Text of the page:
Saturday, April 20, 2002

Hawk? Or eagle overhead? The silent walking meditation Lauras itself along Ragged Mountain on Saturday morning.

An enfolding meditation on our retreat day:
1. Zen is looking; Zen is listening.
2. Inviting insight, allowing what is there to reveal itself, as it is.
3. Prayer is gratefulness, trusting what is there to reveal the presence of God. For where is God not?
4. Jumping in, engaging what is there, acting & moving, a transformation which affirms, empties, resurrects, and ascends.
5. At origin, still -- listening, looking, the practice of no barriers.

Brook carries itself before our eyes.

By becoming a human being Christ annihilated the dichotomy between matter and spirit. In the Person of the Divine-human Being, a continuum between the divine and the human has bees established. Thus, God's plan is not only to spiritualize the material universe, but to make matter itself divine. This he has already done in the glorified humanity of his Son. The grace bestowed on us by the Ascension of Jesus is the divinisation of our humanity. (Thomas Keating, in The Mystery of Christ, p.86.)

Sando lay in the brook looking at us, lapping water, and epitomizing the emerging and engaging convergence of our lives. Susan sings a song. We bow to the betweening embodiment, and return to the hermitage for lunch.

The grace of the Ascension enables us to perceive the irresistible power of the Spirit transforming everything into Christ despite any and all appearances to the contrary. (p.87)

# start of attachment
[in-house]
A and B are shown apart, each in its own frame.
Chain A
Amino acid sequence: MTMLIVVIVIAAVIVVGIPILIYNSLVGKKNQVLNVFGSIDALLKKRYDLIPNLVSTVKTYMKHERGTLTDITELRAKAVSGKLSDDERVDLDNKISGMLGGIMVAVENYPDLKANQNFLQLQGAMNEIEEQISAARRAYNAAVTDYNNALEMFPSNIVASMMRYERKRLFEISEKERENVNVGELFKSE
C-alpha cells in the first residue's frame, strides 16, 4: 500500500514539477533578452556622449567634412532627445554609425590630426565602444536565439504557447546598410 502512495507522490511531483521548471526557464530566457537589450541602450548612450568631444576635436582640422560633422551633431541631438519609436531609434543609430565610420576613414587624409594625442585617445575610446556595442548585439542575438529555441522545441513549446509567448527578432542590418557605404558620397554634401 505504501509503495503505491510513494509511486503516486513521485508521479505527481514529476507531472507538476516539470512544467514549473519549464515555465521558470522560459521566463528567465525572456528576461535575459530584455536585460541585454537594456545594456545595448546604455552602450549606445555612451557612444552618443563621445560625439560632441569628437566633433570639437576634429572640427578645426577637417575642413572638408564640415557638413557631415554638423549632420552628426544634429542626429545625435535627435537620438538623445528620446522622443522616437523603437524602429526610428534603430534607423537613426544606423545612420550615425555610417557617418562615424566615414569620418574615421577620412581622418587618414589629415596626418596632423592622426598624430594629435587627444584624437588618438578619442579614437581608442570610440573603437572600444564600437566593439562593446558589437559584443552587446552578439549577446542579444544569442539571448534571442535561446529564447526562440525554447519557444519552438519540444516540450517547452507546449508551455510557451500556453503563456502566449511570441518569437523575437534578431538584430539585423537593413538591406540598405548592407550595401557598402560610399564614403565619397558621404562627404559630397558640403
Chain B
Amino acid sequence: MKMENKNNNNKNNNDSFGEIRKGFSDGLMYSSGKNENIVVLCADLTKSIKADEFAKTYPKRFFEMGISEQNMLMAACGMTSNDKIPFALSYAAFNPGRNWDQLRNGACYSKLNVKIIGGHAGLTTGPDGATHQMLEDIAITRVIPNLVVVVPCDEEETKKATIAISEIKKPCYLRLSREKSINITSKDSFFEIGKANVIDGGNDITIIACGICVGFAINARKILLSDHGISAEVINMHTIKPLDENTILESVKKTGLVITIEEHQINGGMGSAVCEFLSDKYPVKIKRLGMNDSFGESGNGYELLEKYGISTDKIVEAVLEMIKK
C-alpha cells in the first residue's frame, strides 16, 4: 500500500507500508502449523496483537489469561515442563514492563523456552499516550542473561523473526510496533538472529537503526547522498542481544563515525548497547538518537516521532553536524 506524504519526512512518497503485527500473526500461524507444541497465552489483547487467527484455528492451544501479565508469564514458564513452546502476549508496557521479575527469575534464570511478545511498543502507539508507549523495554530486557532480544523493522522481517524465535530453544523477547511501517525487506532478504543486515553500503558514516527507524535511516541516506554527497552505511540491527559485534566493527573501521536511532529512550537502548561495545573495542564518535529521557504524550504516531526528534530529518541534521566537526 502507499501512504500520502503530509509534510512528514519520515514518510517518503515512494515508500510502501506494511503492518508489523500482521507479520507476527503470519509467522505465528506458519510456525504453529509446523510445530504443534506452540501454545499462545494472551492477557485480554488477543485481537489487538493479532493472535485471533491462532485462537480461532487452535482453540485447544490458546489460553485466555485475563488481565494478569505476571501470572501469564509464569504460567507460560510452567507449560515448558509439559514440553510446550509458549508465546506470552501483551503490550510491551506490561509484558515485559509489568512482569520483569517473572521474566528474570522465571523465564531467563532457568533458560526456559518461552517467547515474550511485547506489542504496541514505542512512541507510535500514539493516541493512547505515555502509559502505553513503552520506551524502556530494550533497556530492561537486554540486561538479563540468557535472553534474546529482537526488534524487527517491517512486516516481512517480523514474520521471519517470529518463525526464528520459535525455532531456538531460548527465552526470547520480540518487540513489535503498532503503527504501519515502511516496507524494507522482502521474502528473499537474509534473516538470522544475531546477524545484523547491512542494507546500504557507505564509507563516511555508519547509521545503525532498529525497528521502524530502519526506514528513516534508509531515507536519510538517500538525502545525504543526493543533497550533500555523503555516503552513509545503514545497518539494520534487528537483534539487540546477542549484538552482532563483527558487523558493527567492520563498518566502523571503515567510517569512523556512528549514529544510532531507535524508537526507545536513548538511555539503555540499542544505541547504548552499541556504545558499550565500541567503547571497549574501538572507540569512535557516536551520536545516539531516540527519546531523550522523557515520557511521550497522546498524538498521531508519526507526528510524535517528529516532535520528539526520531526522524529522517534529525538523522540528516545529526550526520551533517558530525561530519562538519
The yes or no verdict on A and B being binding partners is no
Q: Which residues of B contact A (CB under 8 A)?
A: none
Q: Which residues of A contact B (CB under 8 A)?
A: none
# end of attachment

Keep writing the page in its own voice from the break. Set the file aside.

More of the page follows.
The bird overhead, I think, was a hawk. Watching us as we step our prayer mindfully.

Wednesday, April 17, 2002

Jo is bald like a Zen nun. Head shaved clean as a whistle. So is David's -- but he hasn't just come home from a second bone marrow transplant. On back stoop in the cool of evening Jo asks what is my dream. I tell her to be the monastic I am.

To seek and long for God alone. And since nothing is really separate from God -- to seek and long for each other in our awakening into the realization of God. So many are alone, even alienated, unaware of their true relatedness, their true home. To invite -- quietly, kindly, and compassionately -- oneself and each into their own very nature, this is the practice of contemplation, Zen, and engaged service. To invite Christ, God, Bodhisattvas, holy men and women -- each into the wordless silence of love's simplicity, stillness, and sanctuary.

Empty and desireless,
Cold and thin, simple and genuine,
This is how to strike down
And fold up the remaining habits
Of many lives.
When the stains from old habits
Are exhausted,
The original light appears,
Blazing through your skull,
Not admitting other matters.
Vast and spacious,
Like sky and water merging
During autumn,
Like snow and moon
Having the same color,
This field is without boundary,
Beyond direction,
Magnificently one entity
Without edge or seam.

- Hongzhi (1091-1157)(dailyzen)

It was 94 degrees at 1:33pm in Hellertown, Pennsylvania. Now, Jo calls down to say "ice cream" -- and in that calling all is for the moment just as it should be.

Someday, David says, illness and disability will be no more. Will that eventuality be a conclusion of courage or a cause for reassessing all valuing?

"To ice cream," says David, going up stairs with his Welsh laughter.